There are people who love the clamshell design, and people who hate it. I would have preferred if it did not have this design. I feel it just makes it look less, how would I say this, neat maybe?

Nonetheless once you use the Contax T for a while you eventually get used to it. Once you realize that the clamshell protects the lens and turns on the camera when it’s in the down position, you realize it’s actually an integral part of the camera so you learn to live with it.

HANDLING AND IN USE

The Contax T without the flash attachment is small and compact. In fact, it may be small and compact to a fault meaning that it’s very easy for this camera to slip out of your hand so a case or handstrap should be considered essential. It’s not unlike a Minox or Rollei 35 in this respect.

Since the camera is primarily Aperture Priority there is not much in the way of controls, other than changing the aperture values on the lens. Even for my relatively small hands, it feels a little fidgety but not bad. I imagine larger hands may be more uncomfortable with it.

The viewfinder is small but usable to me. Inside the viewfinder, you will see three shutter speed indications, 30-125-500, basically 1/30, 1/125, and 1/500 but the camera will choose the values from its full range (8 secs to 1/500) automatically, depending on the exposure needed for the shot.

IMAGE QUALITY

The Contax T is capable of excellent, even superb results. The 38mm f/2.8 Carl Zeiss Sonnar lens is the same, or similar, to the lens on the T2. Some people might say they are different lenses because the T2 can focus closer at 0.7 meters vs the 1 meter MFD on the T but I think they just tweaked the lens on the T2 to focus closer. If there are any differences between the lenses, I’ve never seen it in the pictures.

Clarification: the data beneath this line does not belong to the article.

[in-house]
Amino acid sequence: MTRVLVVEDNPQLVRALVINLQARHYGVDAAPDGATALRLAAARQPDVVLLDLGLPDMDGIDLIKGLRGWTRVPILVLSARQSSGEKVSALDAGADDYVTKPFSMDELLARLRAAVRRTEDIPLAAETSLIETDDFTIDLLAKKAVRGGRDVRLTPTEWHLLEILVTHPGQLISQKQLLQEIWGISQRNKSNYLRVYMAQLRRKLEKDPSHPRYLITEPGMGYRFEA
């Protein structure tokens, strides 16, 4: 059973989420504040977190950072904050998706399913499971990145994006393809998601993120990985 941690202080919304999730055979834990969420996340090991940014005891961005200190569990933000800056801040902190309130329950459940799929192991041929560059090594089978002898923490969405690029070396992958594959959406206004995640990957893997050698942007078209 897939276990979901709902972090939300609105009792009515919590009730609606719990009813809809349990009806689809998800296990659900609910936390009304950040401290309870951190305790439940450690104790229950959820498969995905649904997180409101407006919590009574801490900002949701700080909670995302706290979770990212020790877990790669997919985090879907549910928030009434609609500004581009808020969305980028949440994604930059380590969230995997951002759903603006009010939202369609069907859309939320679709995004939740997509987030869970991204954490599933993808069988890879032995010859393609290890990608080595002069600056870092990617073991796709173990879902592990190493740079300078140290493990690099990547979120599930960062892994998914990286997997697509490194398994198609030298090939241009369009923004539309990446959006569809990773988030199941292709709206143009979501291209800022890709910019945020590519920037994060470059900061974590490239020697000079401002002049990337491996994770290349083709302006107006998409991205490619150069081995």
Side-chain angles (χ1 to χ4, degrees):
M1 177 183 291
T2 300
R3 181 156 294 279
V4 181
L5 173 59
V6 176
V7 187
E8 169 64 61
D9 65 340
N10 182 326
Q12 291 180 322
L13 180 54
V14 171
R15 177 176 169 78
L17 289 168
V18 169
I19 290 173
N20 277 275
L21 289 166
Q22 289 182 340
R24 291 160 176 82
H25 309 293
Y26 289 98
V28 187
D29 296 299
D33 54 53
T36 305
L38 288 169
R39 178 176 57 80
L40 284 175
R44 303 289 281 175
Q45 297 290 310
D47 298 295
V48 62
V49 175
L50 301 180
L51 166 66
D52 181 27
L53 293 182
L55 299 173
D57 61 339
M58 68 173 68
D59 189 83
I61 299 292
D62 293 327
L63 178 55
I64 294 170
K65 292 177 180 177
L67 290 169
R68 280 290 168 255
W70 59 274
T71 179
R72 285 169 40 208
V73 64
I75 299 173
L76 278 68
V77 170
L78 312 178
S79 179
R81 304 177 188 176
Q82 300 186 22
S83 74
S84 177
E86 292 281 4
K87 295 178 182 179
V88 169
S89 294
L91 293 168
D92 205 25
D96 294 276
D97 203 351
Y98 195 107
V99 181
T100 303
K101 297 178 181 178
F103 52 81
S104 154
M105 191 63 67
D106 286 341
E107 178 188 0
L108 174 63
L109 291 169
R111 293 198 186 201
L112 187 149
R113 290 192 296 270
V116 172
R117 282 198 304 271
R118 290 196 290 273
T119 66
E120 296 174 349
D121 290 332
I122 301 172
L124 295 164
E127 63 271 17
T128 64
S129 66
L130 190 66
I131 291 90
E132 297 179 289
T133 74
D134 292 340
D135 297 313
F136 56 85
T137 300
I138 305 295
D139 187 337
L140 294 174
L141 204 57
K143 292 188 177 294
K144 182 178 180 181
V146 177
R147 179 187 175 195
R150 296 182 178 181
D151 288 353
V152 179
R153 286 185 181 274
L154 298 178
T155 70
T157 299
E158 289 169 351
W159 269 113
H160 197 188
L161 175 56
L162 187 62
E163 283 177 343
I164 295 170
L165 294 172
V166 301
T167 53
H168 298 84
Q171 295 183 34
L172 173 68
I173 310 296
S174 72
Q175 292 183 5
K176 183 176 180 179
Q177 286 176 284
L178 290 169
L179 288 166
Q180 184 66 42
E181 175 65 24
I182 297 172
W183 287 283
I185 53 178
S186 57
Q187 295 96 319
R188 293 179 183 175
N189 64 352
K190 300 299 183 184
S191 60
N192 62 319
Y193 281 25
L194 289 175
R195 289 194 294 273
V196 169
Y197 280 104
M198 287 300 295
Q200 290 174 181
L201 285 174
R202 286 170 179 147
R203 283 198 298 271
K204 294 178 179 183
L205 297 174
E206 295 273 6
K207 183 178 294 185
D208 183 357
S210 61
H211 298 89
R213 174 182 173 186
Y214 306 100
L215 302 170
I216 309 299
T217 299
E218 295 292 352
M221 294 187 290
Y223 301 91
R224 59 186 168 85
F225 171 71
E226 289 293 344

Below are some samples from the Contax T over the years. It is probably best viewed on a computer and not on a phone. The images are not optimal as my scanner has broken and I’m using an iPhone to scan most of them. I’m not making excuses, it is what it is!

ISSUES

I give credit where credit is due and as I said before the Contax T has been my most reliable T series Contax. I bought it used in 1996 or 1997 and it still works! But it hasn’t been exactly flawless and there are a few issues to look out for.

First let me address the common issues which are just cosmetics, superficial, Watch for the rubber front grip to come loose and eventually fall off. That’s what happened to mine after prolonged use. It happened years ago, maybe more than ten years ago. I lost the part but it doesn’t really bother me so I never tried to replace it. But with the T being so diminutive and slippery, make sure you have a hand strap or case. It’s very easy to slip out of your hands!

The body scratches with use, especially if you carry it around in your pocket like I did or don’t keep it in a case. Again, it’s just cosmetics but if you like your cameras pristine, take some precautions.

The rangefinder spot on mine is now so dim, it’s getting harder and harder to focus with it. A trick you can do is to put a tiny dot of ink or a tiny black dot on the rangefinder window, superimposed over the place where the rangefinder patch would be. This helps increase contrast making it easier to focus the rangefinder.

I don’t know who came up with this, but I remember reading about it from a Tripod page from one of the early internet camera site pioneers, the great Rick Oleson. I give credit where credit is due! I hope you’re still out there and doing your thing Rick, I really enjoy your writings!

The more serious issues, like most Contax/Yashica cameras has to do with aging electronics. From my own experiences, these camera acts more unpredictably if the batteries are not fresh or have been sitting in the camera for a while. I’ve seen this in two T cameras.

The most serious issue is a shutter that begins to sound “weak” like its dying and changing batteries don’t really help. This is happening on my first T. Check my video for an account of what happened to my camera.